Archivist, Jane Middleton-Smith, Source: Address Publications
Jane explained that to understand the specialised area of research into the hosiery knitwear scene since the 17th – 20th century is a big ask in such a short time, to date, a mere three years. While Gran and Jane swapped stories about missing links in the archive around World War 1, I watched the volunteer archivists, Margret, Ann and Sue, retired history teachers, sorting through the recently deep frozen garments.[ref]All of the garments had been frozen by specialists twice, to kill off any troublesome bugs[/ref] They said everyday they discover something new and exciting, at that time unwrapping a box of 1970s knitwear and a selection of 1912 undergarments.[ref]Smedley’s 1912 menswear undergarment, Source: Address Publications[/ref]
The finishes, the attention to detail on these garments was truly outstanding. I considered the quality of my own knitwear and it’s not good. Apart from the moth holes, usually when I wear something woollen I’m all ‘Here’s one I shrunk earlier!’ I pretend that I’m making a deliberate ¾ length sleeve, cropped body statement, when actually I’m making the best of another washing machine incident. I don’t buy clothes from shops very often either, but when I do at least one button has made a fast get-away, before I’ve gotten home. I’ve very foolishly bought clothes with threads unravelling, and let’s not limit this to knitwear, convincing myself I’ll neaten them up, but I never do. It’s not necessarily about cheap or second-hand goods either, I have friends who work for high-end fashion brands who tell me their companies’ jumpers can bobble, colours fade and threads undo, depending on the factory they were made in for that collection.
So, how had a company at the forefront of industrial innovation managed to sustain itself? And based on the quality of garments I’d seen prior to the trip at their Brook Street store in London, maintained the high standard of manufacture. We left Gran making notes for Jane and myself, whilst I received a detailed tour of the factory floor. Jane showed me how old and new manufacturing techniques sit along side each other. The original style, long-john pressing boards[ref]Long Johns or Long handles could have originated at Smedley’s, Source: Address Publications[/ref] vs 21st century laser precision pressing machines. I met machinists operating one machine as part of a cycle of up to 36 hand processes, Source: Address Publications[ref]Machinists putting every stitch onto the needles of a machine, by hand, at speed and with impecable precision. Source: Address Publications[/ref], as well as machinists operating multiple machines, including machines that knit complete 3D garments with up to 16 different coloured yarns[ref]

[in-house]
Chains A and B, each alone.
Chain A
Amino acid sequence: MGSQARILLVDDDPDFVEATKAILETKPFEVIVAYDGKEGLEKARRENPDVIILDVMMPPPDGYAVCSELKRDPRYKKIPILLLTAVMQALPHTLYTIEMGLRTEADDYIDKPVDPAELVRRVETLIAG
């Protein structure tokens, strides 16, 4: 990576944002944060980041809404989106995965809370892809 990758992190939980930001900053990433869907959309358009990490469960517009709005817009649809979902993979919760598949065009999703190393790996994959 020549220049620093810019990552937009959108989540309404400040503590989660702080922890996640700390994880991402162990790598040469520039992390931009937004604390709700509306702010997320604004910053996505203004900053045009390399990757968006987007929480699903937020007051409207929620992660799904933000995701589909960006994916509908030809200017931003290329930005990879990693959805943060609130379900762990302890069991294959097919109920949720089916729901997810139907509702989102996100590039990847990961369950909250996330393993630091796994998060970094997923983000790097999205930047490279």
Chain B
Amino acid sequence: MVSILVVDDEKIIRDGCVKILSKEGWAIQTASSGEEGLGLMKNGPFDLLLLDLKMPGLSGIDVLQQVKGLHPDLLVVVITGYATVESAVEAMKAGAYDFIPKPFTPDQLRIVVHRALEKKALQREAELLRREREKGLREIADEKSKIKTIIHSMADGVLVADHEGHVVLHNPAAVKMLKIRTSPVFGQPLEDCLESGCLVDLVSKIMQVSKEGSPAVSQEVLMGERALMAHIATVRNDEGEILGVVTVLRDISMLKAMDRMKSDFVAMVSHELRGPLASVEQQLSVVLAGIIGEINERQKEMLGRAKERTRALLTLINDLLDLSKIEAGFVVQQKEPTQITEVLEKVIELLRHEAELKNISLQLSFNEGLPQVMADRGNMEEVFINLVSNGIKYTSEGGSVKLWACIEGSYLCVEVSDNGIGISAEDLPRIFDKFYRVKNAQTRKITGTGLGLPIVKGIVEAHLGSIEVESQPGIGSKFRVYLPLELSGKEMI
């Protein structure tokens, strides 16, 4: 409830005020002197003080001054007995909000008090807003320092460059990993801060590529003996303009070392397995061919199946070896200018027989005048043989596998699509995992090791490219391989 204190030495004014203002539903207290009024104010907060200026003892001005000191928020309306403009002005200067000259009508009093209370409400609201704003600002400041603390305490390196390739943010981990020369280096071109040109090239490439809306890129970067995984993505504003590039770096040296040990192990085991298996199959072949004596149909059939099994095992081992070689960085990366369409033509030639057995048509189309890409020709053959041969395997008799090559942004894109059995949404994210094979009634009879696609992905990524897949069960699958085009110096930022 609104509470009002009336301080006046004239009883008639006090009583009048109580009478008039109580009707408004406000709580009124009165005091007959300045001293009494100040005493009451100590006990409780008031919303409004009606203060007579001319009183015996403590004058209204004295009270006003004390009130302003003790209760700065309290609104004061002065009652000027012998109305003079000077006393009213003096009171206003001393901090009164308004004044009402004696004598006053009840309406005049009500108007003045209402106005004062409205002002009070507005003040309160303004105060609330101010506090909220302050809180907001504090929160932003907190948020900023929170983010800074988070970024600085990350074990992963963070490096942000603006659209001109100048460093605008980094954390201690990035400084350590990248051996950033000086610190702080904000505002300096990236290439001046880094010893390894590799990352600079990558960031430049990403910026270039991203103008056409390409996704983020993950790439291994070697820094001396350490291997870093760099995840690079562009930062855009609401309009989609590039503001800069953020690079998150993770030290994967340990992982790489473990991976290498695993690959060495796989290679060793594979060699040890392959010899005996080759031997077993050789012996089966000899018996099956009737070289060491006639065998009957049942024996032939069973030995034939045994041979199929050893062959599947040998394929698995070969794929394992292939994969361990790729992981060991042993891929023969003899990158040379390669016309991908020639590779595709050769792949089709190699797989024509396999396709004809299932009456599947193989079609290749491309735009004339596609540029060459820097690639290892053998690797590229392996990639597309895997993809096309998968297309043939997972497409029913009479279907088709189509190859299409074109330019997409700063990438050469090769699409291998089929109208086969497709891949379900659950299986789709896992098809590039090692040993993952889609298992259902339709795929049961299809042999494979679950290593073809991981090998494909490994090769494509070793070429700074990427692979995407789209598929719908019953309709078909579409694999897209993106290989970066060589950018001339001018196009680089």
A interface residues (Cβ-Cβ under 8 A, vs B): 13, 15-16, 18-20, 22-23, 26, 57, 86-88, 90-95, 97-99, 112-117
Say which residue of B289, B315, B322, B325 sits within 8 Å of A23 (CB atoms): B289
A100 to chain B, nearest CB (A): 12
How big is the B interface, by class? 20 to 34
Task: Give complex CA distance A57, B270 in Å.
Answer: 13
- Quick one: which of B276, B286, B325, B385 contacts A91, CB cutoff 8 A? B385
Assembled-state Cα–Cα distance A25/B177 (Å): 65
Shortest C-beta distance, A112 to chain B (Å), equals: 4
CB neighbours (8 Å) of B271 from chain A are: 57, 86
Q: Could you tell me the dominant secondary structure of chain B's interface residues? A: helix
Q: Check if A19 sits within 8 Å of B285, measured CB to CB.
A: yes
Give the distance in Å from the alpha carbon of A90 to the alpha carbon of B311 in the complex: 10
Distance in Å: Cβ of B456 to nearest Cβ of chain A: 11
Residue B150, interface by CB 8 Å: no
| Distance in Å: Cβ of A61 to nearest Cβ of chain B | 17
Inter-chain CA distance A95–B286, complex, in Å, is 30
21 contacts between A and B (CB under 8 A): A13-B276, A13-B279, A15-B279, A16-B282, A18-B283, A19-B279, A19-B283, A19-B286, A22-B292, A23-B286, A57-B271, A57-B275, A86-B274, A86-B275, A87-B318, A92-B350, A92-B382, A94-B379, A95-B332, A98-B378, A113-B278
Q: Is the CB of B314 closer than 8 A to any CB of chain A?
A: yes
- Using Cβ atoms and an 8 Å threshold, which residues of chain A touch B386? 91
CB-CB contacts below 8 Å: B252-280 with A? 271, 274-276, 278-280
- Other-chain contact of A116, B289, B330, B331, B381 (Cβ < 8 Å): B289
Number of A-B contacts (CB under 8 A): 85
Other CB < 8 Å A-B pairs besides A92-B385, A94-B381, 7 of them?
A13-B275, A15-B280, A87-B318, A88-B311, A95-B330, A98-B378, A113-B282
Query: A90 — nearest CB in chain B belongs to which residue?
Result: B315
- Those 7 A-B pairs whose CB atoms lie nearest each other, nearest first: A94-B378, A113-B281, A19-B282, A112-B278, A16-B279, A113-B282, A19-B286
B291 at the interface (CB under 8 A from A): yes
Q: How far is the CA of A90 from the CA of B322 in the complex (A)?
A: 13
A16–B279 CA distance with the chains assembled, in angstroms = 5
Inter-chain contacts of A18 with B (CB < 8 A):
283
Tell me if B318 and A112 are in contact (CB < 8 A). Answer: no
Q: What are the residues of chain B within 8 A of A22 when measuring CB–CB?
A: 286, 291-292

3D knitting machine, Source: Address Publications[/ref].
I’d become more and more fascinated by Smedley’s ability to shift through time; two world wars, a depression and a recession, for starters, and still reinvent what are ultimately well made staples, surviving without compromise to the manufacture of the product and remaining in Briton too. I was shown examples of Smedley’s as leaders in fine knitwear hoisery, like their patented S Wrap, an underwear knitted wrap type of flap for women and children’s underwear, before we had the luxury of the sewn in gusset today.